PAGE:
By Hanna Yamato
In March 2020, an Asian-American family including a 6-year-old and a 2-year-old was viciously stabbed by a teenager in a grocery store located in Texas. On March 10 2021, a 75-year-old Asian man was both assaulted and robbed in Oakland, California. As anti-Asian hate crimes continue to rise, it is evident that nothing has changed over the course of this past year.
In the midst of the COVID-19 pandemic, anti-Asian hate crimes have significantly spiked. According to NBC News, in the year of 2020 alone, hate crimes targeting Asians increased by 150% (compared to 2019), with more than 3,000 hate crimes reported. These violent attacks mainly stem from the xenophobic rhetoric that associates the COVID-19 pandemic with Asian-Americans. Simply put, Asian-Americans are far too often accused of “bringing” and “spreading” the virus, which can partially be attributed to former President Donald Trump’s foible of blaming the virus on China, and even going as far as calling it the “Chinese virus” during an interview in March 2020.
Moreover, it is absolutely paramount to know that discrimination against Asians and Pacific Islanders is not anything new—in fact, decades of racism against Asians throughout the United States have led to this surge of hate crimes. While these incidents can range anywhere from verbal abuse through racial slurs, to brutal murder, all of them have a synonymous goal: to impose fear amongst Asian-Americans across the U.S. It essentially spreads the message that no Asian-American is safe, regardless of age, or which city you live in. A simple morning walk around the neighborhood or a trip to the grocery store can result in something life-ending.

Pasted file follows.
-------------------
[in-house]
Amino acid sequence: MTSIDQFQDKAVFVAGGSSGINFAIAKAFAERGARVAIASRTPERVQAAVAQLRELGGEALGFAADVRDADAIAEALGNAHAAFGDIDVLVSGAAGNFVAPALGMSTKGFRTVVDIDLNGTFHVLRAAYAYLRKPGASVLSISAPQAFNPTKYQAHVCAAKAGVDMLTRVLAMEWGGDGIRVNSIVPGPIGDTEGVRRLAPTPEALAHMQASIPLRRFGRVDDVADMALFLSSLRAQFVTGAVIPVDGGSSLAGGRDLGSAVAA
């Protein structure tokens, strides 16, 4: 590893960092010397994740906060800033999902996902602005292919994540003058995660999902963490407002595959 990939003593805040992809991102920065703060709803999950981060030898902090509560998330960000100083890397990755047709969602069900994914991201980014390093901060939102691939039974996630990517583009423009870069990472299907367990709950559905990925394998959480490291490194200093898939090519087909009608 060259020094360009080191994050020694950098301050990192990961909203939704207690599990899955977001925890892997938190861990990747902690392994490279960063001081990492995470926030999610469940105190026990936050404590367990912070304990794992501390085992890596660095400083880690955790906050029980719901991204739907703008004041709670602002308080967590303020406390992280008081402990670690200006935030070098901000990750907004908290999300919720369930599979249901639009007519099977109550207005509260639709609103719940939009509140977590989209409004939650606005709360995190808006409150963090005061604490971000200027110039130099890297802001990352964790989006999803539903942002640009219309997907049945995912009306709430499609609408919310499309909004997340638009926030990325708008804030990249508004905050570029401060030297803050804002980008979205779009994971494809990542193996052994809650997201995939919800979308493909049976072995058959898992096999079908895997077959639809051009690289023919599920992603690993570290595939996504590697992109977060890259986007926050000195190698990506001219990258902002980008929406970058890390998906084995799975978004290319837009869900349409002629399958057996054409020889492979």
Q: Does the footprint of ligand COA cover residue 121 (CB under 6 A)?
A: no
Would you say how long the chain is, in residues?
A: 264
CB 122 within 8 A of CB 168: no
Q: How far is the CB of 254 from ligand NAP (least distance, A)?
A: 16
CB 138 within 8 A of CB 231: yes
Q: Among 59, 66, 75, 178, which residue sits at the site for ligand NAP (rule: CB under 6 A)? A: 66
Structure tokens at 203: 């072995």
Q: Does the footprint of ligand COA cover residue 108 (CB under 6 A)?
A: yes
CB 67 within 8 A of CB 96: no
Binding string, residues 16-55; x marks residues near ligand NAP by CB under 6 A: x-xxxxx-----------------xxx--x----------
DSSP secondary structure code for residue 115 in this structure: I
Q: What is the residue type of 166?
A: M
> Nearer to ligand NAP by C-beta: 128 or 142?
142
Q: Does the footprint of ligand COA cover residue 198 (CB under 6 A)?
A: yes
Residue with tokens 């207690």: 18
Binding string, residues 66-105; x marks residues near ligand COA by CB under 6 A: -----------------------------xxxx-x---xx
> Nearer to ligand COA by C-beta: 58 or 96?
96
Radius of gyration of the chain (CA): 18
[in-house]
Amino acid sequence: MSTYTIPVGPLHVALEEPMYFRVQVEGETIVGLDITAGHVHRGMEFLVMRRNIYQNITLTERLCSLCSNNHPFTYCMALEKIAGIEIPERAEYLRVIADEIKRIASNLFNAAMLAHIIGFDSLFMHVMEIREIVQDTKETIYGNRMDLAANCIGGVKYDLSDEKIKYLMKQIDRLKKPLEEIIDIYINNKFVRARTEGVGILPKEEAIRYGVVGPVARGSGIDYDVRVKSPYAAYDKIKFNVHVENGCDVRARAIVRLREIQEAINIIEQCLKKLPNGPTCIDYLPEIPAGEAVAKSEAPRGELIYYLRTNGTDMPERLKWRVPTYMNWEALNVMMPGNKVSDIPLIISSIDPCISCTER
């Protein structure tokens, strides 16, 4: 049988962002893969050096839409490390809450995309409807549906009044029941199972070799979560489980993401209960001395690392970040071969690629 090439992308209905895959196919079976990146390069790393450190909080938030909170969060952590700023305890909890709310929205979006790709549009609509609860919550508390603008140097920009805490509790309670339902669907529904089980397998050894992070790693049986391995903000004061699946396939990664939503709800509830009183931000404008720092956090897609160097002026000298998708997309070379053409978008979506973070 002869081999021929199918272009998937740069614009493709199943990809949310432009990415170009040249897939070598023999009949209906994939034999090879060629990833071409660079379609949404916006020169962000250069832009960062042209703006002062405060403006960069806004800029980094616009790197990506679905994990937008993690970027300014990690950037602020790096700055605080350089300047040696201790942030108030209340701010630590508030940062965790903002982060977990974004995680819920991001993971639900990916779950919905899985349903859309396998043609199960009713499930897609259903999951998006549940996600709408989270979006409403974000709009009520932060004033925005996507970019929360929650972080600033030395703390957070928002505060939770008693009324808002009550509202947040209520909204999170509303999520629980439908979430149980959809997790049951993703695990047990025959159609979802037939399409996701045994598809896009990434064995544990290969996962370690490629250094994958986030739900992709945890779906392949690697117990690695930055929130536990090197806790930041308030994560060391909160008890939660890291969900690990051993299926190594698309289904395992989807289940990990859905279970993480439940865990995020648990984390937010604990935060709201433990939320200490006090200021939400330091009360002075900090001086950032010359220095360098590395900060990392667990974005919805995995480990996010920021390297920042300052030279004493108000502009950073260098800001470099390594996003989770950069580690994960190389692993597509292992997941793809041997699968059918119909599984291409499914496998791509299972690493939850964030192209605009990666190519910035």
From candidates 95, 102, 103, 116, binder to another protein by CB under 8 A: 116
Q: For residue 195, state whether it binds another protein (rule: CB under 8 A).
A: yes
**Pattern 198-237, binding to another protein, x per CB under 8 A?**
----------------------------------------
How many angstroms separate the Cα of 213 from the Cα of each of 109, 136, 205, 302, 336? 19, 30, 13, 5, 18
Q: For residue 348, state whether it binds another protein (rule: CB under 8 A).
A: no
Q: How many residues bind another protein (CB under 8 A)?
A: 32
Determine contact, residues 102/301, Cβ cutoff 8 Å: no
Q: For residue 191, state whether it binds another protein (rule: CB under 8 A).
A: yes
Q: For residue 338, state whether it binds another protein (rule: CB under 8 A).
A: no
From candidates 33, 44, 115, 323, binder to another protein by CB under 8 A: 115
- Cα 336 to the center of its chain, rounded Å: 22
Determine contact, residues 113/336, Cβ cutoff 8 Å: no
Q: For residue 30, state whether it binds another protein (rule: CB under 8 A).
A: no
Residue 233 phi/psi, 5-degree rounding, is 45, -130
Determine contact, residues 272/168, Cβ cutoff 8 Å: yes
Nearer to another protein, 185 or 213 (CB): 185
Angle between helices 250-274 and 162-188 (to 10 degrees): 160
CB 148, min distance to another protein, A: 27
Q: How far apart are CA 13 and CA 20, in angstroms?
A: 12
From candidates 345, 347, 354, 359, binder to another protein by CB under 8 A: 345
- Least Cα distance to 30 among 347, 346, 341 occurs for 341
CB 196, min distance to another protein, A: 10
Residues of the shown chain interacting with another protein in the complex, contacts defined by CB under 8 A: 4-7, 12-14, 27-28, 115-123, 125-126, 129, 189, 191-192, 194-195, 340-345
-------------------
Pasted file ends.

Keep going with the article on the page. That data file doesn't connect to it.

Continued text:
While there are many ways in which advocates, politicians, and youth activists are rebuilding the Asian-American community, one of the most salient measures involve educating the rest of American society on why racism against Asian-Americans is oftentimes overlooked and hard to be recognized. Stewart Kwoh, the president of Asian Americans Advancing Justice (Los Angeles), asserts that “Asians have had a harder time proving racism in a large part because, in general, people still don’t know the history and struggles of Asian Americans.” This major obstacle that Asian-Americans have had to face on an everyday basis is caused by the huge force known as the model minority myth—a cultural expectation toward the entire Asian demographic that every individual is/grows to be smart, wealthy, hard-working, and achieves a higher degree of socioeconomic success than the societal average. Progressing American society forward would primarily have to involve dispelling this myth and breaking this common stereotype. Along with raising awareness and speaking up, everyone must work together as an entire community, to hopefully advance toward an equitable society.
Here is a list with some organizations you can donate to help make a difference:
Stop AAPI Hate: https://donate.givedirect.org/?cid=14711
Asian Pacific Fund: https://asianpacificfund.org/make-an-impact/covid19-recovery-fund/
Asian Mental Health Project: https://www.gofundme.com/f/asian-mental-health-project
Asian American Legal Defense and Education Fund: https://www.aaldef.org/about/
Complete List of Resources: